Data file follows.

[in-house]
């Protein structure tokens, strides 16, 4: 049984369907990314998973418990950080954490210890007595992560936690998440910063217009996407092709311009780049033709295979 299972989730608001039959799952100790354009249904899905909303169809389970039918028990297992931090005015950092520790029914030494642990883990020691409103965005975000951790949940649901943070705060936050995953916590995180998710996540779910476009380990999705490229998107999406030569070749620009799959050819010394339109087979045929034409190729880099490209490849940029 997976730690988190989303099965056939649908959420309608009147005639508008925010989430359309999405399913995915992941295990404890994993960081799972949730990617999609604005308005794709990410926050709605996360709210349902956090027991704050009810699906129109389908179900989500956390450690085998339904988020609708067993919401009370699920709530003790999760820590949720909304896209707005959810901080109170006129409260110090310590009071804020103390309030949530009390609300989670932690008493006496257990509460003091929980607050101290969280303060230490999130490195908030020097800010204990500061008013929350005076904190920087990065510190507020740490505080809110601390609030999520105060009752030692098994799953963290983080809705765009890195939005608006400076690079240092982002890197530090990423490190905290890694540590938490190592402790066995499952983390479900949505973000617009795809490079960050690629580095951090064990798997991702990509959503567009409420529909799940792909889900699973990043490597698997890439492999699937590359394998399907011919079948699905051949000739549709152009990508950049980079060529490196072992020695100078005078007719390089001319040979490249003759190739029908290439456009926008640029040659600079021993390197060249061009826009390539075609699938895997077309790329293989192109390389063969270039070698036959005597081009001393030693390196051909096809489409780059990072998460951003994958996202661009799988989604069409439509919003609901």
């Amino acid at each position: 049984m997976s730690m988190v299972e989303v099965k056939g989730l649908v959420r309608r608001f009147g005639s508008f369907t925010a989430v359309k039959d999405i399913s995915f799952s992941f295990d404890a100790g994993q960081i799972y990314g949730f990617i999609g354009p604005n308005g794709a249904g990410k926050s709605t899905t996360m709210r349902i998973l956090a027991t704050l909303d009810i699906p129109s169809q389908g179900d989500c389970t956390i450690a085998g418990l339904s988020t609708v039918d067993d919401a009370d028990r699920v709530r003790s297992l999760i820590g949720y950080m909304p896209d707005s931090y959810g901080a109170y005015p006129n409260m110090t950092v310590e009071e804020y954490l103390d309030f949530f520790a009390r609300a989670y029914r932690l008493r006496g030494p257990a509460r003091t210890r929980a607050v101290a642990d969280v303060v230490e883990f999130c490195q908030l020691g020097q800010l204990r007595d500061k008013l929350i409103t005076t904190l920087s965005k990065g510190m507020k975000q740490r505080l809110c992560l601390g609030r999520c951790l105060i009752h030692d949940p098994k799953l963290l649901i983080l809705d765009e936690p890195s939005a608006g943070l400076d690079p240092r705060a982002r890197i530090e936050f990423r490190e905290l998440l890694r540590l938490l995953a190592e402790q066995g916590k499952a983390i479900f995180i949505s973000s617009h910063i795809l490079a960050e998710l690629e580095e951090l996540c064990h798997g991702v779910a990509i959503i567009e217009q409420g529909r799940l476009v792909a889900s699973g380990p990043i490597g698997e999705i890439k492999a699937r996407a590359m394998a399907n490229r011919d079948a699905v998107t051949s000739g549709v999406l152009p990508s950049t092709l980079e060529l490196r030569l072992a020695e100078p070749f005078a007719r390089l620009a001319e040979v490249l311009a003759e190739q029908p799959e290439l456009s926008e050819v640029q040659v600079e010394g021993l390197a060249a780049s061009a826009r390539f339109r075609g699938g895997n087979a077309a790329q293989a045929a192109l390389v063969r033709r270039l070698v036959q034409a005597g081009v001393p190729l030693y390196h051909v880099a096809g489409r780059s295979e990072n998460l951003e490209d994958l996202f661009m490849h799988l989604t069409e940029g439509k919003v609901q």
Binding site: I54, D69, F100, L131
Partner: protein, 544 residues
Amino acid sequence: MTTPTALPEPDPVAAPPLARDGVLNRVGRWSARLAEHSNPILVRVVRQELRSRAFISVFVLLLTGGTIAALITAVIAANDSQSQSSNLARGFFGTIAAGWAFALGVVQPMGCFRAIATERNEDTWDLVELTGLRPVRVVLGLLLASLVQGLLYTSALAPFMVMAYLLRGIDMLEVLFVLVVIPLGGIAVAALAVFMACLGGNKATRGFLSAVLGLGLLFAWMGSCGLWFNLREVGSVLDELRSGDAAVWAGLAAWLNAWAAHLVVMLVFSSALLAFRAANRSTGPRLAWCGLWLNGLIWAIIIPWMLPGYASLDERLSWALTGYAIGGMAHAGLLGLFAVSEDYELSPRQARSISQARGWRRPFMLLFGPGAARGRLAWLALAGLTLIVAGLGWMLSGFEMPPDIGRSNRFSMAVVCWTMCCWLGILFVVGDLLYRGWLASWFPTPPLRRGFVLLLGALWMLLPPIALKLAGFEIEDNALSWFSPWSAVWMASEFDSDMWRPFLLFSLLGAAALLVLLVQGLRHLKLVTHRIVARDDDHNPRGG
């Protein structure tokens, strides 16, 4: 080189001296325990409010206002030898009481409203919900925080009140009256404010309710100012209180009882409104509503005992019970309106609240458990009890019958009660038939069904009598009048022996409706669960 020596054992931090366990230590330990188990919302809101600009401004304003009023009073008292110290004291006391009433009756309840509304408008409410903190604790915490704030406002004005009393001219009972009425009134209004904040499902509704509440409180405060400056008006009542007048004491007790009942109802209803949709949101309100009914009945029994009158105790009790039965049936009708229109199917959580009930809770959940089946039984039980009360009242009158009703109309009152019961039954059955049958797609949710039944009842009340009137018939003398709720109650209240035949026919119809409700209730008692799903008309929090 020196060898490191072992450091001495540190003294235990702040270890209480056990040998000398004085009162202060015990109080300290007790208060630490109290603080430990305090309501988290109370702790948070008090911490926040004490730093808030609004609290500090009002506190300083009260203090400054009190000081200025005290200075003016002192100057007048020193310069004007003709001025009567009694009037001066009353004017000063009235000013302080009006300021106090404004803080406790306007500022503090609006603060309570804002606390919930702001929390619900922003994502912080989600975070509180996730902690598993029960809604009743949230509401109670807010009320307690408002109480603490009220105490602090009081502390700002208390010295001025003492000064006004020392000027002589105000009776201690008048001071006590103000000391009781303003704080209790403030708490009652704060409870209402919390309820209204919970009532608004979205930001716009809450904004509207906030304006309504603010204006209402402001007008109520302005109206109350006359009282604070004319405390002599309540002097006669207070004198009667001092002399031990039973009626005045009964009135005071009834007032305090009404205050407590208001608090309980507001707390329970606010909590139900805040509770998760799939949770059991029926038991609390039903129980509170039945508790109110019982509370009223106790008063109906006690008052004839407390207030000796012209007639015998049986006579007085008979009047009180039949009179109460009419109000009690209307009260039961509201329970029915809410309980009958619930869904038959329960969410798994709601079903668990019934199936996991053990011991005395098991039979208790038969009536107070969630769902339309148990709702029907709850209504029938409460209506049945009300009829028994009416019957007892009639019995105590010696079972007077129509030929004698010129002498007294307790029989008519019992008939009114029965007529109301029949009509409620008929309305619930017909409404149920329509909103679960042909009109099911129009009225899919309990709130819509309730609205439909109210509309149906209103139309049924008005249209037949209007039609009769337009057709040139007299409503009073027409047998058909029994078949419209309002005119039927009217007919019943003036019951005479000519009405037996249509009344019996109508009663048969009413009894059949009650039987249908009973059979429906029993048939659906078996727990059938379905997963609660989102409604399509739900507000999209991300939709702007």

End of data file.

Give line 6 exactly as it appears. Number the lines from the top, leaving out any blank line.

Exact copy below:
Amino acid sequence: MTTPTALPEPDPVAAPPLARDGVLNRVGRWSARLAEHSNPILVRVVRQELRSRAFISVFVLLLTGGTIAALITAVIAANDSQSQSSNLARGFFGTIAAGWAFALGVVQPMGCFRAIATERNEDTWDLVELTGLRPVRVVLGLLLASLVQGLLYTSALAPFMVMAYLLRGIDMLEVLFVLVVIPLGGIAVAALAVFMACLGGNKATRGFLSAVLGLGLLFAWMGSCGLWFNLREVGSVLDELRSGDAAVWAGLAAWLNAWAAHLVVMLVFSSALLAFRAANRSTGPRLAWCGLWLNGLIWAIIIPWMLPGYASLDERLSWALTGYAIGGMAHAGLLGLFAVSEDYELSPRQARSISQARGWRRPFMLLFGPGAARGRLAWLALAGLTLIVAGLGWMLSGFEMPPDIGRSNRFSMAVVCWTMCCWLGILFVVGDLLYRGWLASWFPTPPLRRGFVLLLGALWMLLPPIALKLAGFEIEDNALSWFSPWSAVWMASEFDSDMWRPFLLFSLLGAAALLVLLVQGLRHLKLVTHRIVARDDDHNPRGG